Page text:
Auto Union became a major supplier of vehicles to the German Wehrmacht, such as Heavy standard passenger car (Horch 108), Medium standard passenger car (Horch 901 and Wanderer 901) and Half-track Sd.Kfz. 11. Civilian production was suspended after March 1940. After the war the Auto Union AG at Chemnitz was dissolved and in Ingolstadt, West Germany the new Auto Union GmbH was founded, where civilian car production continued. Due to widespread poverty in postwar Germany, only small DKW vehicles with two stroke engines were produced. After Auto Union was purchased in 1964 by the Volkswagenwerk AG, the old brand Audi was introduced again, together with the new four stroke vehicle Audi F103. Daimler-Benz retained the trademark rights to the Horch brand until the mid 1980s. Daimler-Benz then transferred the rights to the Horch brand name to Audi who in turn signed a waiver to use the name „Silberpfeil“ (silver-arrow) for any modern Audi racing car.The brand has, however, remained dormant.
During the Second World War, the factories suffered heavy bomb damage. Later, the advancing Soviet forces captured the area, and it became part of the Soviet sector of divided Germany in 1945, and later became part of East Germany.
From 1955 to 1958, old Horch factories produced the Horch P240, a six-cylinder car that was respected at the time. The former Horch and Audi operations from Zwickau were unified in 1958. A new brand, Sachsenring, within the East German corporation IFA was born. After unification in 1958, the P240 car was renamed as the Sachsenring P240. As the Soviet Administration inexplicably banned the foreign exportation of the P240, the East German economic administration decided to stop production of the vehicle. IFA also produced the initial Trabant "P-50" model from 1957.
The Zwickau site was acquired in 1991 by Volkswagen, effectively restoring its connection with Audi.
On June 24, 2006, a rare 1937 Horch 853A Sport Cabriolet in original unrestored, unprepared condition sold at auction in Cortland, NY for US$299,000.
In the late 1930s, Horch supplied a limited number of promotional scarves bearing the Horch logo. Sent only to the wealthiest drivers, it is a major collectible amongst diehard enthusiasts of the pre-war car era. However, there is also a degree of controversy associated with these scarves as they were commonly sought by senior SS members.
|4-15 PS||1900–1903||straight-2||2.9-3.7 kW||60 km/h (37 mph)|
|10-16 PS||1902–1904||straight-2||7.4-8.8 kW||62 km/h (39 mph)|
|22-30 PS||1903||straight-4||2,725 cc||16.2-18.4 kW|
|14-20 PS||1905–1910||straight-4||2,270 cc||10.3-12.5 kW|
|18/25 PS||1904–1909||straight-4||2,725 cc||16.2 kW|
|23/50 PS||1905–1910||straight-4||5,800 cc||29 kW||100 km/h (62 mph)|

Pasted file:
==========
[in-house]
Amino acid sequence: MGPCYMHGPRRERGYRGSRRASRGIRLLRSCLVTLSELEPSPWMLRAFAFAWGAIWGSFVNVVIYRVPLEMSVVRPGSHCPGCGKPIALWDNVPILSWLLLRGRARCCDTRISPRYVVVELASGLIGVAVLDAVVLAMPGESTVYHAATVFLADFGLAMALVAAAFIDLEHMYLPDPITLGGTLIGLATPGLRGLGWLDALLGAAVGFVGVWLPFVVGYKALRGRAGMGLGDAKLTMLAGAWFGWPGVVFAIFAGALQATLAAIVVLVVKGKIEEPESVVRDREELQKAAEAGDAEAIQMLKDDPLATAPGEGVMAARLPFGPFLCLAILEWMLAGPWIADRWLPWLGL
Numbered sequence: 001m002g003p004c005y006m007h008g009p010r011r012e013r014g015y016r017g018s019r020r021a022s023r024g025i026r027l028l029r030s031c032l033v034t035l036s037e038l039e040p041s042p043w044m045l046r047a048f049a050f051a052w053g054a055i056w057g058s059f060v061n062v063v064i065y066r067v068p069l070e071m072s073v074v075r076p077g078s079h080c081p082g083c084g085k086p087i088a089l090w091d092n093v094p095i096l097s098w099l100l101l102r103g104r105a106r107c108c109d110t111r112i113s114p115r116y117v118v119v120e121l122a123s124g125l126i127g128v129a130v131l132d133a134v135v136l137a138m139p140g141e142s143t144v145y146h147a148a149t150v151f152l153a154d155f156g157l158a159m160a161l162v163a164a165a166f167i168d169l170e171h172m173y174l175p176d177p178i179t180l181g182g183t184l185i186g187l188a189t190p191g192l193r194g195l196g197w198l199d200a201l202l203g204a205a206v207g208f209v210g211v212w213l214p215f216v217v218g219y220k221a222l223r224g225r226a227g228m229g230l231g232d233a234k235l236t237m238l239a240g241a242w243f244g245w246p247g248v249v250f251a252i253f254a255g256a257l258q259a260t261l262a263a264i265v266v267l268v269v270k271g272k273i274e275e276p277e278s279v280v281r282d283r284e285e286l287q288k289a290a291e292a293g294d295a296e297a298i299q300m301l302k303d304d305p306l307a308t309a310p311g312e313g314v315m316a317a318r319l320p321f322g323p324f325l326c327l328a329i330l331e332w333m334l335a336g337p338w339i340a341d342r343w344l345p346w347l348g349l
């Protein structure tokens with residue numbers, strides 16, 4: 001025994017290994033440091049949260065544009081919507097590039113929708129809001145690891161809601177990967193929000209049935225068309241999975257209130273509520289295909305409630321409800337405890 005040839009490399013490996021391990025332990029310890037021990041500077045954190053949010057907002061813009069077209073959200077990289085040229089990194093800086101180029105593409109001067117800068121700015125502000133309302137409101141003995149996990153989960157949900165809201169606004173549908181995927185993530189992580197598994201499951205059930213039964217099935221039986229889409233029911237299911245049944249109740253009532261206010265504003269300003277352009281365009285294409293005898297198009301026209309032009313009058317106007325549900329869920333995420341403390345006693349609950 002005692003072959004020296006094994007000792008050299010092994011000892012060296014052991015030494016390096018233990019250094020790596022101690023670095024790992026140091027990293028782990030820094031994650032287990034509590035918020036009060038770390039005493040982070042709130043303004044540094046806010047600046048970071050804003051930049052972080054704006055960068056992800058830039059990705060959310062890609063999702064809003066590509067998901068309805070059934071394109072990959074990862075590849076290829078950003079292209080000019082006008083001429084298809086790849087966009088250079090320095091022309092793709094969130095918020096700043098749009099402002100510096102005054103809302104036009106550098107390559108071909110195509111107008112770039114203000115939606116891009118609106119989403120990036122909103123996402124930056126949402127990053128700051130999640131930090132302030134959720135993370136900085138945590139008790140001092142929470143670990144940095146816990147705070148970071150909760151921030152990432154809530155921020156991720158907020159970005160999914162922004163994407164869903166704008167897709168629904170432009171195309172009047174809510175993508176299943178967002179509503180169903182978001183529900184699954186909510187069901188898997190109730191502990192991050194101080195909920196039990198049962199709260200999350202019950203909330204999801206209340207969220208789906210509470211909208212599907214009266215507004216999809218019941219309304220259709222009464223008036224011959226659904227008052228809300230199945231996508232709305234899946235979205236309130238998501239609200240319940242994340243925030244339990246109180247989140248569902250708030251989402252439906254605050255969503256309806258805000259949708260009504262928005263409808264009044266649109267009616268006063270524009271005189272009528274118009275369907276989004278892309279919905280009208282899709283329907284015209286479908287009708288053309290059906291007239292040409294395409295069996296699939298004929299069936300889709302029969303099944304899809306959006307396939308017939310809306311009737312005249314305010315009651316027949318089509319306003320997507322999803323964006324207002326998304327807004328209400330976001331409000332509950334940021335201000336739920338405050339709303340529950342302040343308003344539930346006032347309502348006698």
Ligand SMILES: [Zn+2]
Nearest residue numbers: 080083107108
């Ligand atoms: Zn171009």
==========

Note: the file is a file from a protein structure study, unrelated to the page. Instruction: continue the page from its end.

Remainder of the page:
|26/65 PS||1907–1910||straight-6||7,800 cc||44 kW||120 km/h (75 mph)|
|25/60 PS||1909–1914||straight-4||6.395 cc||40 kW||110 km/h (68 mph)|
|10/30 PS||1910–1911||straight-4||2,660 cc||18.4 kW|
|K (12/30 PS)||1910–1911||straight-4||3,177 cc||20.6 kW||75 km/h (47 mph)|
|15/30 PS||1910–1914||straight-4||2,608 cc||22 kW||80 km/h (50 mph)|
|H (17/45 PS)||1910–1919||straight-4||4,240 cc||33 kW|
|6/18 PS||1911–1920||straight-4||1,588 cc||13.2 kW|
|8/24 PS||1911–1922||straight-4||2,080 cc||17.6 kW||70 km/h (43 mph)|
|O (14/40 PS)||1912–1922||straight-4||3,560 cc||29 kW||90 km/h (56 mph)|
|Pony (5/14 PS)||1914||straight-4||1,300 cc||11 kW|
|25/60 PS||1914–1920||straight-4||6,395 cc||44 kW||110 km/h (68 mph)|
|18/50 PS||1914–1922||straight-4||4,710 cc||40 kW (55 PS)||100 km/h (62 mph)|
|S (33/80 PS)||1914–1922||straight-4||8,494 cc||59 kW|
|10 M 20 (10/35 PS)||1922–1924||straight-4||2,612 cc||25.7 kW||80 km/h (50 mph)|
|10 M 25 (10/50 PS)||1924–1926||straight-4||2,612 cc||37 kW||95 km/h (59 mph)|
|8 Typ 303/304 (12/60 PS)||1926–1927||straight-8||3,132 cc||44 kW||100 km/h (62 mph)|
|8 Typ 305/306 (13/65 PS)||1927–1928||straight-8||3,378 cc||48 kW||100 km/h (62 mph)|
|8 Typ 350/375/400/405 (16/80 PS)||1928–1931||straight-8||3,950 cc||59 kW||100 km/h (62 mph)|
|8 3 L Typ 430||1931–1932||straight-8||3,009-3,137 cc||48 kW (65 PS)||100 km/h (62 mph)|
|8 4 L Typ 410/440/710||1931–1933||straight-8||4,014 cc||59 kW (80 PS)||100–110 km/h (62–68 mph)|
|8 4.5 L Typ 420/450/470/720/750/750B||1931–1935||straight-8||4,517 cc||66 kW (90 PS)||115 km/h (71 mph)|
|8 5 L Typ 480/500/500A/500B/780/780B||1931–1935||straight-8||4,944 cc||74 kW (100 PS)||120–125 km/h (75–78 mph)|
|12 6 L Typ 600/670||1931–1934||V12||6,021 cc||88 kW (120 PS)||130–140 km/h (81–87 mph)|
|830||1933–1934||V8||3,004 cc||51 kW (70 PS)||110–115 km/h (68–71 mph)|
|830B||1935||V8||3,250 cc||51 kW (70 PS)||115 km/h (71 mph)|
|830Bk/830BL||1935–1936||V8||3,517 cc||55 kW (75 PS)||115–120 km/h (71–75 mph)|
|850/850 Sport||1935–1937||straight-8||4,944 cc||74 kW (100 PS)||125–130 km/h (78–81 mph)|
|830BL/930V||1937–1938||V8||3,517 cc||60 kW (82 PS)||120–125 km/h (75–78 mph)|
|830BL/930V||1938–1940||V8||3,823 cc||67.6 kW (92 PS)||125–130 km/h (78–81 mph)|
|851/853/853A/855/951/951A||1937–1940||straight-8||4,944 cc||74 kW (100 PS)||125–140 km/h (78–87 mph)|
- "Audi plans to revive Horch name on version of the A8". Automotive News Europe. Sep 21, 2018. Retrieved Apr 14, 2019.
- August Horch: "Ich baute Autos - Vom Schmiedelehrling zum Autoindustriellen", Schützen-Verlag Berlin 1937
- Audi AG motion picture 1994: 'The Silver Arrows from Zwickau, running time approx. 49 mins.
- Tarnstrom, Ronald L. (1998). Balkan Battles. Trogen Books. Retrieved Apr 14, 2019 – via Google Books.
- "Trabant History". Trabant.shocauto.com. Archived from the original on 2010-09-29. Retrieved 2010-10-02.
- "Rm Auctions". Rm Auctions. Archived from the original on 2010-09-29. Retrieved 2010-10-02.
- Horch, August: Ich baute Autos. Vom Schmiedelehrling zum Autoindustriellen. Schützen-Verlag, Berlin 1937.
- Kirchberg, Peter, Pönisch, Jürgen: Horch. Typen – Technik – Modelle. Delius Klasing, Bielefeld 2006, ISBN 3-7688-1775-X.
- Lang, Werner: „Wir Horch-Arbeiter bauen wieder Fahrzeuge“. Geschichte des Horch-Werkes Zwickau 1945 bis 1958. Bergstraße Verlagsgesellschaft mbH, Aue 2007, ISBN 978-3-9811372-1-7.
- Pönisch, Jürgen: 100 Jahre Horch-Automobile 1899–1999. Aufstieg und Niedergang einer deutschen Luxusmarke. Zwickau 2000, ISBN 3-933282-07-1.